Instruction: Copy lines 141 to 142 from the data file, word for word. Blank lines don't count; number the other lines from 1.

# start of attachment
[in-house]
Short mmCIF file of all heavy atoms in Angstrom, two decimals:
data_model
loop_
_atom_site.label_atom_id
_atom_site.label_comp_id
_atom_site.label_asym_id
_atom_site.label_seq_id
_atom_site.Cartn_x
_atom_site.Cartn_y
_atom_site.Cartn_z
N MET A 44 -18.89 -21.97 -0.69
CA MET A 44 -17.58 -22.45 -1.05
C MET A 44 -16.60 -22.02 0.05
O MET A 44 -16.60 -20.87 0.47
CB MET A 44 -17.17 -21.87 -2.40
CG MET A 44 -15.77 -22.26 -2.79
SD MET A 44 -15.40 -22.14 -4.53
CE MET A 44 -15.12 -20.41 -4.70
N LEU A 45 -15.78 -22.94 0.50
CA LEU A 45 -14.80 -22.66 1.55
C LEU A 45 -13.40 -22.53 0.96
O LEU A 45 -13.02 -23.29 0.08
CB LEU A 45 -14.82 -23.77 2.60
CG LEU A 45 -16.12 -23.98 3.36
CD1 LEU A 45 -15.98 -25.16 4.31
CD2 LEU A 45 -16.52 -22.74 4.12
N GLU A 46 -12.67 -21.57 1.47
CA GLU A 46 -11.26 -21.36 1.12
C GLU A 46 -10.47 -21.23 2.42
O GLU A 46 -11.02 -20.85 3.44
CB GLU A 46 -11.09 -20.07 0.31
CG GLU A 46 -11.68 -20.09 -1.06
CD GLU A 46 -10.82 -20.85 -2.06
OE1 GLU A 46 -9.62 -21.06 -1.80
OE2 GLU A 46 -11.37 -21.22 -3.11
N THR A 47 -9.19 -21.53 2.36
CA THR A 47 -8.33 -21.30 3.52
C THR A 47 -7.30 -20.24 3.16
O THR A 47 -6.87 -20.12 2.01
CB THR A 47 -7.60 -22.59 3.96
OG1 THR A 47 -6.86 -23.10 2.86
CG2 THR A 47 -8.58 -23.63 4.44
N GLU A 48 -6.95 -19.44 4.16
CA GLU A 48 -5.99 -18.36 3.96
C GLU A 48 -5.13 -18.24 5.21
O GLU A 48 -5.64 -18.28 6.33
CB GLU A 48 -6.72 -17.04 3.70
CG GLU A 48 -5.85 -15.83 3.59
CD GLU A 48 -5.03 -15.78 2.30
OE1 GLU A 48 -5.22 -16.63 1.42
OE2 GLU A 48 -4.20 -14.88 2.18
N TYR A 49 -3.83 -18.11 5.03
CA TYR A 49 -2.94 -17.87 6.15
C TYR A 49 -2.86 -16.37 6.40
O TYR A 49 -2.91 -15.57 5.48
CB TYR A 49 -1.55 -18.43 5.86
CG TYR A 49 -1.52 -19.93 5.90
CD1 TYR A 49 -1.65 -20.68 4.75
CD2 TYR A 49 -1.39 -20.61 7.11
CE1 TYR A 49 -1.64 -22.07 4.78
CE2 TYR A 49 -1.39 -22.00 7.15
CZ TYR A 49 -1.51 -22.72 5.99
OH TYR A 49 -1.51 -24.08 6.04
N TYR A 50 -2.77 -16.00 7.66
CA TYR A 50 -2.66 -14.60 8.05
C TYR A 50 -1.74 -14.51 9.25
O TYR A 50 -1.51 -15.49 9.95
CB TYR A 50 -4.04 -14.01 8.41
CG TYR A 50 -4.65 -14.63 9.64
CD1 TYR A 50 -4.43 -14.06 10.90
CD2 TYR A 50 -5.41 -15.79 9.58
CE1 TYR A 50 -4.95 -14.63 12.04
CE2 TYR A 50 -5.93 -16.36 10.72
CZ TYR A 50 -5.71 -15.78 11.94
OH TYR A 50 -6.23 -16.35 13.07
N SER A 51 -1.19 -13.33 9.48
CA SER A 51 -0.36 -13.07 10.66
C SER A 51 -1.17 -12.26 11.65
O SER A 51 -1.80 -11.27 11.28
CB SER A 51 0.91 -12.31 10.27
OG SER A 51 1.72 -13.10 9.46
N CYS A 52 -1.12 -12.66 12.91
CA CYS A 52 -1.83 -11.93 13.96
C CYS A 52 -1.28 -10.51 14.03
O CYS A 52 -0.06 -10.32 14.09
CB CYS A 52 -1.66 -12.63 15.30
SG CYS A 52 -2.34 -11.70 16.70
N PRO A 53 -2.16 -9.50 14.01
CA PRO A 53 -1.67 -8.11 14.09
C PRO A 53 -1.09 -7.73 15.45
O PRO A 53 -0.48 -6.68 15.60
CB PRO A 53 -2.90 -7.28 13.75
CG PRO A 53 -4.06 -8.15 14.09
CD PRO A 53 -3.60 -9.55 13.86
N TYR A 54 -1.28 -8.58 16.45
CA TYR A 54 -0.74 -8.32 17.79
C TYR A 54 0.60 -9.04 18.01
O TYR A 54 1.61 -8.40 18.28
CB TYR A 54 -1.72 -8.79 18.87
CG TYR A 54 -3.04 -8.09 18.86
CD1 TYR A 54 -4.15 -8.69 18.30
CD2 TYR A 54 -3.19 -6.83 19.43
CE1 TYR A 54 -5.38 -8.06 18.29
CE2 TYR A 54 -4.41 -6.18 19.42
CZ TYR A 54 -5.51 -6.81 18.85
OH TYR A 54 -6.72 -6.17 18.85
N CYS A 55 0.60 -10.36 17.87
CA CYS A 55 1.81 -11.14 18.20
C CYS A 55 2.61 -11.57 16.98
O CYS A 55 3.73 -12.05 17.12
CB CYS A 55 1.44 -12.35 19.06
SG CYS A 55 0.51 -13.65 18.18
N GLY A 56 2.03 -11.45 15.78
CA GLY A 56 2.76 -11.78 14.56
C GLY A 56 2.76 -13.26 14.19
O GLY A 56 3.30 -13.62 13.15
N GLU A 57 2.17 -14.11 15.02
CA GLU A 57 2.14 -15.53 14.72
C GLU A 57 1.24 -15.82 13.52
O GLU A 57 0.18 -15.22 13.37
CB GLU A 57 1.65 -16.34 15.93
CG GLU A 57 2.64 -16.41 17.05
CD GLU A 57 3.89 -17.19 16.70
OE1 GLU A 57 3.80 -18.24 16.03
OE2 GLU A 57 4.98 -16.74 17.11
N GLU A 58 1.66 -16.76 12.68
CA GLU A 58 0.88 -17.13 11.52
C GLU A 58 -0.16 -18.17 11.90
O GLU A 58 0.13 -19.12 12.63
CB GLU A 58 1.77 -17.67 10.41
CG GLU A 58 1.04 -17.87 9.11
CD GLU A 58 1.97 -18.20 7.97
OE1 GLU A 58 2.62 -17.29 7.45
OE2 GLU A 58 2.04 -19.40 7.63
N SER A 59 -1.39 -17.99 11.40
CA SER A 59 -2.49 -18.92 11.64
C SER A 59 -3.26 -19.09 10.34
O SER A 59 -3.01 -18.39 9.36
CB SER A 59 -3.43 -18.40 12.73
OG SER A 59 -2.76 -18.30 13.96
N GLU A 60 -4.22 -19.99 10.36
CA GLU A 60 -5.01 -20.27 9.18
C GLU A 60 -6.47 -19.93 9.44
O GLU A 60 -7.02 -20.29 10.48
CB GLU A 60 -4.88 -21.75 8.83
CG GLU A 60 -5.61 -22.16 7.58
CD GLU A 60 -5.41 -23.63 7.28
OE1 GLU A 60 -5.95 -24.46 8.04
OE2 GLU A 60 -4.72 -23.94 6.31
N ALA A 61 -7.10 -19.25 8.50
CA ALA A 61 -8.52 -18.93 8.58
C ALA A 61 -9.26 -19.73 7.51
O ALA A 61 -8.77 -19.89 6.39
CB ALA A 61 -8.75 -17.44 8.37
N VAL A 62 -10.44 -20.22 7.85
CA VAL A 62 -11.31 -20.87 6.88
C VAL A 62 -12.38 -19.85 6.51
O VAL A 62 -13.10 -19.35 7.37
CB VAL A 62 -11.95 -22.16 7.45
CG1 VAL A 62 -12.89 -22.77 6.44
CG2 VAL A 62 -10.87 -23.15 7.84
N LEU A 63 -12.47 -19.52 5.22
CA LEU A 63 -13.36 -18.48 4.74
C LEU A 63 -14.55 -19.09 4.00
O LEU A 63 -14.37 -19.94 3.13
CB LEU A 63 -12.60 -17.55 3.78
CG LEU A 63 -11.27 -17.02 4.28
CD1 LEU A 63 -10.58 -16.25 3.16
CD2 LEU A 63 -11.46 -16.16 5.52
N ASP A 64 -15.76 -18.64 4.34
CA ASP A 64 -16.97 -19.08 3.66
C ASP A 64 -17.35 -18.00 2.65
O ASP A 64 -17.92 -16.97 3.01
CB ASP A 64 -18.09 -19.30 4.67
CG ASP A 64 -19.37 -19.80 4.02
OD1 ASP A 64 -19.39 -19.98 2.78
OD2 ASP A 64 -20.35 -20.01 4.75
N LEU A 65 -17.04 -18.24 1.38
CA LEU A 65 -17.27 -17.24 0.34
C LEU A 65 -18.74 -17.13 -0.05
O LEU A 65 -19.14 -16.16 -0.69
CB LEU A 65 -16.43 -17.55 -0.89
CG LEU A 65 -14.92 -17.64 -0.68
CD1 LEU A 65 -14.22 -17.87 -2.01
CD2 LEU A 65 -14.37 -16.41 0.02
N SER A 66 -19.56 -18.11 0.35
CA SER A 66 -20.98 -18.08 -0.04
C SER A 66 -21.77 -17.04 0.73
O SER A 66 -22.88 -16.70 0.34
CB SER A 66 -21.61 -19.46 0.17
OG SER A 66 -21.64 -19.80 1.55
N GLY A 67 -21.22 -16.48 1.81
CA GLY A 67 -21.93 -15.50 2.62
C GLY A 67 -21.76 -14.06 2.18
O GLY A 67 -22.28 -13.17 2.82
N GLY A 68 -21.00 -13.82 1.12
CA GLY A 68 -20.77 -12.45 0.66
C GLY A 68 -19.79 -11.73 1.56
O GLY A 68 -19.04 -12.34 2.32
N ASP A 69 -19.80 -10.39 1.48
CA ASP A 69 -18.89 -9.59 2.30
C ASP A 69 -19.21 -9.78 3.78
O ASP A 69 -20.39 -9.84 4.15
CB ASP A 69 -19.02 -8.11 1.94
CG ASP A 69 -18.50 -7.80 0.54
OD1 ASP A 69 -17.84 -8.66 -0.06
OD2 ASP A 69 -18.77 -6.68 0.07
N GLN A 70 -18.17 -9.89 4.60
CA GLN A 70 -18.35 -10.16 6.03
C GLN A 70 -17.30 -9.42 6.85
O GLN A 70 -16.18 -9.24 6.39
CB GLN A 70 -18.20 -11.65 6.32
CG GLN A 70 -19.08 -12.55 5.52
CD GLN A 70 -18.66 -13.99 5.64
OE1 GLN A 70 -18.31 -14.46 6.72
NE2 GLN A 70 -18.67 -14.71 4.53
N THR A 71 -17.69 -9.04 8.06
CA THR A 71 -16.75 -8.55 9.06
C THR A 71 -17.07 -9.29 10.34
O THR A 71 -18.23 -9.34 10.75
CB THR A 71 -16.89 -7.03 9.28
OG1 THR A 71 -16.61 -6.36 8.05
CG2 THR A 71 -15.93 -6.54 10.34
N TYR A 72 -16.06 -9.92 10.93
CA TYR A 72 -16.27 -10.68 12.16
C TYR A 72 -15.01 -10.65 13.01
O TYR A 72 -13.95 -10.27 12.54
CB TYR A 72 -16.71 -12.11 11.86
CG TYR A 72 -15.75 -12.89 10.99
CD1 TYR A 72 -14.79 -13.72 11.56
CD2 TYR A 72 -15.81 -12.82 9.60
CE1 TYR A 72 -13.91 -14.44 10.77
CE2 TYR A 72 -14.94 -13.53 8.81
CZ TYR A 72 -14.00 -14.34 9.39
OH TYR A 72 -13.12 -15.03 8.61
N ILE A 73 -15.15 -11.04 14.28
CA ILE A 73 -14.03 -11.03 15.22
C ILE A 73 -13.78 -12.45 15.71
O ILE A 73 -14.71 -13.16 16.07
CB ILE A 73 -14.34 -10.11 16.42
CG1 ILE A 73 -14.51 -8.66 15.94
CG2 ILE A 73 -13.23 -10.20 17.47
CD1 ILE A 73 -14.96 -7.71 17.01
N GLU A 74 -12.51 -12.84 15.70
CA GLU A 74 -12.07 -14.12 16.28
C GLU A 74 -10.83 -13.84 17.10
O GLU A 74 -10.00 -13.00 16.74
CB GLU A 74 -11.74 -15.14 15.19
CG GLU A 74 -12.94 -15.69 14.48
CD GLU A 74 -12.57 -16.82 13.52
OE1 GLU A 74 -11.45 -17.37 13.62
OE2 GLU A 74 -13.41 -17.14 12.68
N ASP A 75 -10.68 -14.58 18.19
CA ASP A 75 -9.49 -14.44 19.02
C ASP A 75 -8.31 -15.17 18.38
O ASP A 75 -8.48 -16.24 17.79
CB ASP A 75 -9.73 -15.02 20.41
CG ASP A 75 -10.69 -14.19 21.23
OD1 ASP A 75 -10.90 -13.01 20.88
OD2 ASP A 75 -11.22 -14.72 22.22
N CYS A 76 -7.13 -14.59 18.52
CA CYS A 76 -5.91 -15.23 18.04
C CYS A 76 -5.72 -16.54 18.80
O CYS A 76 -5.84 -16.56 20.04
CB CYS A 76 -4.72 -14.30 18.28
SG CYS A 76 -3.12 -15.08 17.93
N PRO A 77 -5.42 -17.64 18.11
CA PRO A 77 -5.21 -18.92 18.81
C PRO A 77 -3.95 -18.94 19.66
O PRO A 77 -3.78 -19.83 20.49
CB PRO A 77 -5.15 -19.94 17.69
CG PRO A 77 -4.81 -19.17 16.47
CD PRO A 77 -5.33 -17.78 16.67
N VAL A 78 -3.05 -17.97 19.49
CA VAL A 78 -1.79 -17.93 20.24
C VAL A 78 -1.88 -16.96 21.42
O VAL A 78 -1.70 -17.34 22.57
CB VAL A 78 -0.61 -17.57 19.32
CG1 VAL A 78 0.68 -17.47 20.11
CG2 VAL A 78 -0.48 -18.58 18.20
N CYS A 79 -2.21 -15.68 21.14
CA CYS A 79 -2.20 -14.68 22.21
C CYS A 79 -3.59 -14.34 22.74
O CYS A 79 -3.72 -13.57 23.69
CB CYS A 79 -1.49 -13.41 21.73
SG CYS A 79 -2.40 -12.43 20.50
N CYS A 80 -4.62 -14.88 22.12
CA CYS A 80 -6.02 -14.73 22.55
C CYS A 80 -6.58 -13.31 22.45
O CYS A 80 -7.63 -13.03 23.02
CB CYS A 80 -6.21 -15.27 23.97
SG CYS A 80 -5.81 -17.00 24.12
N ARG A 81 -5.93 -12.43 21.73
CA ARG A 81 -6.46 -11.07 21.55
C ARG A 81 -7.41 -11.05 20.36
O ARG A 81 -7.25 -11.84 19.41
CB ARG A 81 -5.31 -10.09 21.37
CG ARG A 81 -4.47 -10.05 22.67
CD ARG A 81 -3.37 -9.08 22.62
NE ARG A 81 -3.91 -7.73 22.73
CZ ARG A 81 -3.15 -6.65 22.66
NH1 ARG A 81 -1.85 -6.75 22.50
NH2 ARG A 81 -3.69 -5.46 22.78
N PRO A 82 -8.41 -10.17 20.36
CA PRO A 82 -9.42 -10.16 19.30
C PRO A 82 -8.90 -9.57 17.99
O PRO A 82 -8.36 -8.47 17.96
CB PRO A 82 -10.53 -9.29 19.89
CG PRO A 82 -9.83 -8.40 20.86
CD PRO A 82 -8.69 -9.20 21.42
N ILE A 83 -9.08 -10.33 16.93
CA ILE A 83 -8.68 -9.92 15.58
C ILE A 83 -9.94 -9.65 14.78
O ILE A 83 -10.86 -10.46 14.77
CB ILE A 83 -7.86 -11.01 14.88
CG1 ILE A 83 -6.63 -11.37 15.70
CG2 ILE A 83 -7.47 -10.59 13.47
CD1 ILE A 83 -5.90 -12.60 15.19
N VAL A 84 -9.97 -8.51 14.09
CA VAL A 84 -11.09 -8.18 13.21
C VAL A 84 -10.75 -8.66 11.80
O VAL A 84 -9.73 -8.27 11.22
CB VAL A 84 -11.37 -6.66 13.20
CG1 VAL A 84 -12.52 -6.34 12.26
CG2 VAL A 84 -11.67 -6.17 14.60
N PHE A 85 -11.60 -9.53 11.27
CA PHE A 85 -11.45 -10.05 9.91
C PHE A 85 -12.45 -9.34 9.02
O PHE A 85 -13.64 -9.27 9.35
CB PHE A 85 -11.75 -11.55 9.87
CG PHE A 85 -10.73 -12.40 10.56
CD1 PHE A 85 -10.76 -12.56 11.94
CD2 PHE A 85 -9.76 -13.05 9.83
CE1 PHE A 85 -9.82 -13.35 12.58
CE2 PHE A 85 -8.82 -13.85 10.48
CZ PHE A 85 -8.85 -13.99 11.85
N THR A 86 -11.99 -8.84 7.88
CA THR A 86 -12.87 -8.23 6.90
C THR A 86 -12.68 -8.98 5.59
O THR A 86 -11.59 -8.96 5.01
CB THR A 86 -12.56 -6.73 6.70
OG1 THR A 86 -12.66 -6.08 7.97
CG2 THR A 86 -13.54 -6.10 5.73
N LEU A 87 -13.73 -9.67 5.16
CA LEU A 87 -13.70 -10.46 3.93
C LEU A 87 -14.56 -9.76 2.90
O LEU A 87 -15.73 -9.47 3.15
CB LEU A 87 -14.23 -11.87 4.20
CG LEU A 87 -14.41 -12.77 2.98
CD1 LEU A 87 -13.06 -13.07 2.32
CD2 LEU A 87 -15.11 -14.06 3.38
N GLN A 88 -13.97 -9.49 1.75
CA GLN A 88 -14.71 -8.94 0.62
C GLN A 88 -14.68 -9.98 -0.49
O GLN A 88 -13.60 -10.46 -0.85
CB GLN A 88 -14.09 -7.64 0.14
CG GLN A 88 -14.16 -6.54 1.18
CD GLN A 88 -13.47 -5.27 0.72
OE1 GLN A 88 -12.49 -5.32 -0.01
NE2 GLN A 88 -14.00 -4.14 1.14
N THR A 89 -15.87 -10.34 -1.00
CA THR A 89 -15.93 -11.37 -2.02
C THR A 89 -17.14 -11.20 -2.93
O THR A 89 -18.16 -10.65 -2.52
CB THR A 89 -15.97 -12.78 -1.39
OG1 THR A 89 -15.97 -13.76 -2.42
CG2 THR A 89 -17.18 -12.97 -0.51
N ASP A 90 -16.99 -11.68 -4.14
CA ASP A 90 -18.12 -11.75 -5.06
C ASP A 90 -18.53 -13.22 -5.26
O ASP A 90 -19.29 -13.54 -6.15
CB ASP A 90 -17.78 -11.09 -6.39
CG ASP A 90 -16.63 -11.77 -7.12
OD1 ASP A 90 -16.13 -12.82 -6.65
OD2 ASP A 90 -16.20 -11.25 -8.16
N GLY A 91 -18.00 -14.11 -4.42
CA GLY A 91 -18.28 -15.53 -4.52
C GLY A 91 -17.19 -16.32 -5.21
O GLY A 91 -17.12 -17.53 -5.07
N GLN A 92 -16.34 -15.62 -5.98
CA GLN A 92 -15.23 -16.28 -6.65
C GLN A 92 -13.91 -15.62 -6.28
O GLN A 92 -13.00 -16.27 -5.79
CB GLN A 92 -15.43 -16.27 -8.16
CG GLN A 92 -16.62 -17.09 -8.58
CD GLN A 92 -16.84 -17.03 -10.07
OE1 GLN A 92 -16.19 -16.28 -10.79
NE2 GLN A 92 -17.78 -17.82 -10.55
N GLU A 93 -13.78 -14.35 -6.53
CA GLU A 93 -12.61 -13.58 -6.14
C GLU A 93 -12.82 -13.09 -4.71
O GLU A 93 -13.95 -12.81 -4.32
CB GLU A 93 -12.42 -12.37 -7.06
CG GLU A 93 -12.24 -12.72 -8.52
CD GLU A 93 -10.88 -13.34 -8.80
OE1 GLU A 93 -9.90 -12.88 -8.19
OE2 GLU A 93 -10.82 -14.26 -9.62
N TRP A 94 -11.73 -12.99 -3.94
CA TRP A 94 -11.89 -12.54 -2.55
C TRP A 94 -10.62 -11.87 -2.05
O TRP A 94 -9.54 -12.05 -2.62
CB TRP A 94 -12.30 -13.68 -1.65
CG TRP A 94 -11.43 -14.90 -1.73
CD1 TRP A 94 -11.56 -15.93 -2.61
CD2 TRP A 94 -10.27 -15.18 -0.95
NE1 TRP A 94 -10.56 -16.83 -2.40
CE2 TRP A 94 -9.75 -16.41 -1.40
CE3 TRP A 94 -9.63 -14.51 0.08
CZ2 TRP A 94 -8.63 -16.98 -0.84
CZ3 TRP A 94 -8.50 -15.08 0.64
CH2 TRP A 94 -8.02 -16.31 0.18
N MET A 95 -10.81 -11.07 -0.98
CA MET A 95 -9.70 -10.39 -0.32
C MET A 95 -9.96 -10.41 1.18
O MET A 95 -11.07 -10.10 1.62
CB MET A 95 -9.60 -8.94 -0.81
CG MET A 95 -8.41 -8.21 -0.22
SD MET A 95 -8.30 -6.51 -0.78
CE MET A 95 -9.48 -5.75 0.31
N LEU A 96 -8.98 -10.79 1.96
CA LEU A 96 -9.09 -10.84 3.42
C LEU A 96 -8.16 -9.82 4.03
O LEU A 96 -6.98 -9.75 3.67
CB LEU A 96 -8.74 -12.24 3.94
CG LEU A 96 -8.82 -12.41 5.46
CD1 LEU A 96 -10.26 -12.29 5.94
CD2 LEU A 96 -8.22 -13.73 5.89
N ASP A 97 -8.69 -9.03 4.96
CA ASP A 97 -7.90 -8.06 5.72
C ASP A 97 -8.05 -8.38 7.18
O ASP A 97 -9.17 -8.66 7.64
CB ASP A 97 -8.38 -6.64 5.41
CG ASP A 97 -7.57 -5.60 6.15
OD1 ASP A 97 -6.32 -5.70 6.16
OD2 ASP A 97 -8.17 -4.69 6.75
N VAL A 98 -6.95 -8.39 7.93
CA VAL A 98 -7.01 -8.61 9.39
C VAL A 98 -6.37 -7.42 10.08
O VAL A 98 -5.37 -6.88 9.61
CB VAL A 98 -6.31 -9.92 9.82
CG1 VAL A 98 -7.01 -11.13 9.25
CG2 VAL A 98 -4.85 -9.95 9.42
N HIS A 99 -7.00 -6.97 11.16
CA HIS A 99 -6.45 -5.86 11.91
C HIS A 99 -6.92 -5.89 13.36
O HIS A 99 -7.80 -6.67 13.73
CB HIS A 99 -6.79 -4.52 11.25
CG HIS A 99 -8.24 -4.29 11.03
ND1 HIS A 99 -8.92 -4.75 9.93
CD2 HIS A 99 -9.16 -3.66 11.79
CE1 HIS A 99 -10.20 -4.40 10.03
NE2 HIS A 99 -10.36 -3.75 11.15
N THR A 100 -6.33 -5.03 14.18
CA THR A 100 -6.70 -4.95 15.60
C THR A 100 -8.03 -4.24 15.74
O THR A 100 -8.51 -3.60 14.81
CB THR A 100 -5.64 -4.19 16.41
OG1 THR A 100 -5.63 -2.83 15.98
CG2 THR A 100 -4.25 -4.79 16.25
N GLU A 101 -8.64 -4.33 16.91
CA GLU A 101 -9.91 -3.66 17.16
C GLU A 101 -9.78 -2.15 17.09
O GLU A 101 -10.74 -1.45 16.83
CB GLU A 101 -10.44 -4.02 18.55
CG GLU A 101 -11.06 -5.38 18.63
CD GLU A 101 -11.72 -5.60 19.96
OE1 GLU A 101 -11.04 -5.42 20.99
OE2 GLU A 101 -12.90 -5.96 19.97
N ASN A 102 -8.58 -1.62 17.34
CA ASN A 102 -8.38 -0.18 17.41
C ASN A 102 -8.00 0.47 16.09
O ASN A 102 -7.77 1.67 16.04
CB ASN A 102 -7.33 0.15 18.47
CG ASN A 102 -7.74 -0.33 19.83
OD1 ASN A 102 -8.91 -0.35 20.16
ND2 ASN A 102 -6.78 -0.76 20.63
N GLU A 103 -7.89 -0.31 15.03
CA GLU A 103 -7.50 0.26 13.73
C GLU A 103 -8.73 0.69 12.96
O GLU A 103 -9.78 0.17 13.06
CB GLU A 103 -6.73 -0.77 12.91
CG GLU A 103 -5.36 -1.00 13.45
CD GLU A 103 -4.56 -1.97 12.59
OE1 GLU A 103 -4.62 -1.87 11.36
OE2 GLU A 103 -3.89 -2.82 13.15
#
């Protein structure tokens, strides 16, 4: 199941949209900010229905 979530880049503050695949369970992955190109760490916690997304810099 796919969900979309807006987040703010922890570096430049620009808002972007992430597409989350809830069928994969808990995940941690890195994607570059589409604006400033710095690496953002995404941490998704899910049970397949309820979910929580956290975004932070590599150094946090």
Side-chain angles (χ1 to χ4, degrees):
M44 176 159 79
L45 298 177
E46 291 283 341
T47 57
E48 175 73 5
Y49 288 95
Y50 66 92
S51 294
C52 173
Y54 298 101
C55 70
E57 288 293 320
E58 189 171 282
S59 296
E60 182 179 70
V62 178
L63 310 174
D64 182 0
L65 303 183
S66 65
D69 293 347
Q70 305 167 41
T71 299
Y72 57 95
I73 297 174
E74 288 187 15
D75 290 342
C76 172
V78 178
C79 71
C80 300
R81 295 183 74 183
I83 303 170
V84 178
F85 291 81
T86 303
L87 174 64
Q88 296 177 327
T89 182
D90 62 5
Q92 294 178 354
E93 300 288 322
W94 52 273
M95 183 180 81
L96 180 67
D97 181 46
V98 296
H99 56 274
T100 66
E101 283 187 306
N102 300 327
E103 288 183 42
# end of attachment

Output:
OG SER A 59 -2.76 -18.30 13.96
N GLU A 60 -4.22 -19.99 10.36